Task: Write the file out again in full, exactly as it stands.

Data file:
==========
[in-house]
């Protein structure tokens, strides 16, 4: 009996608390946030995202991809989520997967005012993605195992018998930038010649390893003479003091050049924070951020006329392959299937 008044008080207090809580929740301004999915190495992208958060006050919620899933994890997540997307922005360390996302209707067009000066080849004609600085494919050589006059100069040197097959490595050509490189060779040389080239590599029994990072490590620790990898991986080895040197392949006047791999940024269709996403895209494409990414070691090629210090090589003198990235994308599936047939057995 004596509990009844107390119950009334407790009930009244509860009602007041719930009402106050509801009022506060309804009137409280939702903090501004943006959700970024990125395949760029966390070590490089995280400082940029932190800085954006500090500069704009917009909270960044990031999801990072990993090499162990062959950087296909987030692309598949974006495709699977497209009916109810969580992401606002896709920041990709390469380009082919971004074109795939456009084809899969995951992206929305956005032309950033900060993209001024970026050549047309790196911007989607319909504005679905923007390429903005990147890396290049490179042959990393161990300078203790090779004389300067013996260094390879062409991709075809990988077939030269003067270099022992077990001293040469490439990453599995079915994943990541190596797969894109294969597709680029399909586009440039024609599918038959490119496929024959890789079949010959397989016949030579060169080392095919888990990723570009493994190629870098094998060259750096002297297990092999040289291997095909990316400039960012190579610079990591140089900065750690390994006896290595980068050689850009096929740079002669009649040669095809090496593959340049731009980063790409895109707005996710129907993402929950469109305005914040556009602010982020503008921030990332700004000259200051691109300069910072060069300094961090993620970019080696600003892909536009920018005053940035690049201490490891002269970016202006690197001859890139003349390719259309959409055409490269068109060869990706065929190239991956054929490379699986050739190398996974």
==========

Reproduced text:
[in-house]
């Protein structure tokens, strides 16, 4: 009996608390946030995202991809989520997967005012993605195992018998930038010649390893003479003091050049924070951020006329392959299937 008044008080207090809580929740301004999915190495992208958060006050919620899933994890997540997307922005360390996302209707067009000066080849004609600085494919050589006059100069040197097959490595050509490189060779040389080239590599029994990072490590620790990898991986080895040197392949006047791999940024269709996403895209494409990414070691090629210090090589003198990235994308599936047939057995 004596509990009844107390119950009334407790009930009244509860009602007041719930009402106050509801009022506060309804009137409280939702903090501004943006959700970024990125395949760029966390070590490089995280400082940029932190800085954006500090500069704009917009909270960044990031999801990072990993090499162990062959950087296909987030692309598949974006495709699977497209009916109810969580992401606002896709920041990709390469380009082919971004074109795939456009084809899969995951992206929305956005032309950033900060993209001024970026050549047309790196911007989607319909504005679905923007390429903005990147890396290049490179042959990393161990300078203790090779004389300067013996260094390879062409991709075809990988077939030269003067270099022992077990001293040469490439990453599995079915994943990541190596797969894109294969597709680029399909586009440039024609599918038959490119496929024959890789079949010959397989016949030579060169080392095919888990990723570009493994190629870098094998060259750096002297297990092999040289291997095909990316400039960012190579610079990591140089900065750690390994006896290595980068050689850009096929740079002669009649040669095809090496593959340049731009980063790409895109707005996710129907993402929950469109305005914040556009602010982020503008921030990332700004000259200051691109300069910072060069300094961090993620970019080696600003892909536009920018005053940035690049201490490891002269970016202006690197001859890139003349390719259309959409055409490269068109060869990706065929190239991956054929490379699986050739190398996974």